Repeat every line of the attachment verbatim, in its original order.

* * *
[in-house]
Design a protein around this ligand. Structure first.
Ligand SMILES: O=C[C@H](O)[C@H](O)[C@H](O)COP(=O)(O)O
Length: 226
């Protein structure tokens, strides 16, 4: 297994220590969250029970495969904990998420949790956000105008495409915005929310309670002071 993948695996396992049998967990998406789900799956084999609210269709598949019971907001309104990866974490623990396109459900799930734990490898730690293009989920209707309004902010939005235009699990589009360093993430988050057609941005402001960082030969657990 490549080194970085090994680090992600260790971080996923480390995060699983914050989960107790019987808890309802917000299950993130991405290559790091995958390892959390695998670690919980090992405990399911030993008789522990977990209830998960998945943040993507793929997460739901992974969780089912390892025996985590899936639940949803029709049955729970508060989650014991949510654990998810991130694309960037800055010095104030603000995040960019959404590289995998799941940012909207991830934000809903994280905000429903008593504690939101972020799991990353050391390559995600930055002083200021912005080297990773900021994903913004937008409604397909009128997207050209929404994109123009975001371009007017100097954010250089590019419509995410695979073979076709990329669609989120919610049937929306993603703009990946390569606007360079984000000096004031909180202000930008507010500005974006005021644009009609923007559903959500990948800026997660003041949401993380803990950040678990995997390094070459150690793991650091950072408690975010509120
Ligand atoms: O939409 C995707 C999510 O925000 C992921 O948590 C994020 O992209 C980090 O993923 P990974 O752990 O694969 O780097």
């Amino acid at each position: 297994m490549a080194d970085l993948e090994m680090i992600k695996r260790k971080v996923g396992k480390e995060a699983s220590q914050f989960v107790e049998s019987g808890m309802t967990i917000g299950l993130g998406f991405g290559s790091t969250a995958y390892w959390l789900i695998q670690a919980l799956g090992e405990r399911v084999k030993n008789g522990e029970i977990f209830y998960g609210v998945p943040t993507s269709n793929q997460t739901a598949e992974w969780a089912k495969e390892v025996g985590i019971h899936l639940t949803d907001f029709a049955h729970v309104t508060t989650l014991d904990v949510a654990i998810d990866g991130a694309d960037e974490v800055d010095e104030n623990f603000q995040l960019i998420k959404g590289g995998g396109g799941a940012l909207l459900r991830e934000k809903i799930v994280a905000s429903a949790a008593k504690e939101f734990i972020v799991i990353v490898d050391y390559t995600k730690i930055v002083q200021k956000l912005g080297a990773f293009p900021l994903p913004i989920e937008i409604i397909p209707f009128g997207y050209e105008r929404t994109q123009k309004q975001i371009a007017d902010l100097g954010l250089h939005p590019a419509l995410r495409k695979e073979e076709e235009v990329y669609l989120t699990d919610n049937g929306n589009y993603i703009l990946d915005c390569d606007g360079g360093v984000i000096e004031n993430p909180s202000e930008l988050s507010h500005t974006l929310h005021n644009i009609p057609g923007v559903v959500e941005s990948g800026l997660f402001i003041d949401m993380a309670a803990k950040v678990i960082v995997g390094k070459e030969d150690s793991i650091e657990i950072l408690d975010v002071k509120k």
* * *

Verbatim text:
[in-house]
Design a protein around this ligand. Structure first.
Ligand SMILES: O=C[C@H](O)[C@H](O)[C@H](O)COP(=O)(O)O
Length: 226
């Protein structure tokens, strides 16, 4: 297994220590969250029970495969904990998420949790956000105008495409915005929310309670002071 993948695996396992049998967990998406789900799956084999609210269709598949019971907001309104990866974490623990396109459900799930734990490898730690293009989920209707309004902010939005235009699990589009360093993430988050057609941005402001960082030969657990 490549080194970085090994680090992600260790971080996923480390995060699983914050989960107790019987808890309802917000299950993130991405290559790091995958390892959390695998670690919980090992405990399911030993008789522990977990209830998960998945943040993507793929997460739901992974969780089912390892025996985590899936639940949803029709049955729970508060989650014991949510654990998810991130694309960037800055010095104030603000995040960019959404590289995998799941940012909207991830934000809903994280905000429903008593504690939101972020799991990353050391390559995600930055002083200021912005080297990773900021994903913004937008409604397909009128997207050209929404994109123009975001371009007017100097954010250089590019419509995410695979073979076709990329669609989120919610049937929306993603703009990946390569606007360079984000000096004031909180202000930008507010500005974006005021644009009609923007559903959500990948800026997660003041949401993380803990950040678990995997390094070459150690793991650091950072408690975010509120
Ligand atoms: O939409 C995707 C999510 O925000 C992921 O948590 C994020 O992209 C980090 O993923 P990974 O752990 O694969 O780097």
């Amino acid at each position: 297994m490549a080194d970085l993948e090994m680090i992600k695996r260790k971080v996923g396992k480390e995060a699983s220590q914050f989960v107790e049998s019987g808890m309802t967990i917000g299950l993130g998406f991405g290559s790091t969250a995958y390892w959390l789900i695998q670690a919980l799956g090992e405990r399911v084999k030993n008789g522990e029970i977990f209830y998960g609210v998945p943040t993507s269709n793929q997460t739901a598949e992974w969780a089912k495969e390892v025996g985590i019971h899936l639940t949803d907001f029709a049955h729970v309104t508060t989650l014991d904990v949510a654990i998810d990866g991130a694309d960037e974490v800055d010095e104030n623990f603000q995040l960019i998420k959404g590289g995998g396109g799941a940012l909207l459900r991830e934000k809903i799930v994280a905000s429903a949790a008593k504690e939101f734990i972020v799991i990353v490898d050391y390559t995600k730690i930055v002083q200021k956000l912005g080297a990773f293009p900021l994903p913004i989920e937008i409604i397909p209707f009128g997207y050209e105008r929404t994109q123009k309004q975001i371009a007017d902010l100097g954010l250089h939005p590019a419509l995410r495409k695979e073979e076709e235009v990329y669609l989120t699990d919610n049937g929306n589009y993603i703009l990946d915005c390569d606007g360079g360093v984000i000096e004031n993430p909180s202000e930008l988050s507010h500005t974006l929310h005021n644009i009609p057609g923007v559903v959500e941005s990948g800026l997660f402001i003041d949401m993380a309670a803990k950040v678990i960082v995997g390094k070459e030969d150690s793991i650091e657990i950072l408690d975010v002071k509120k």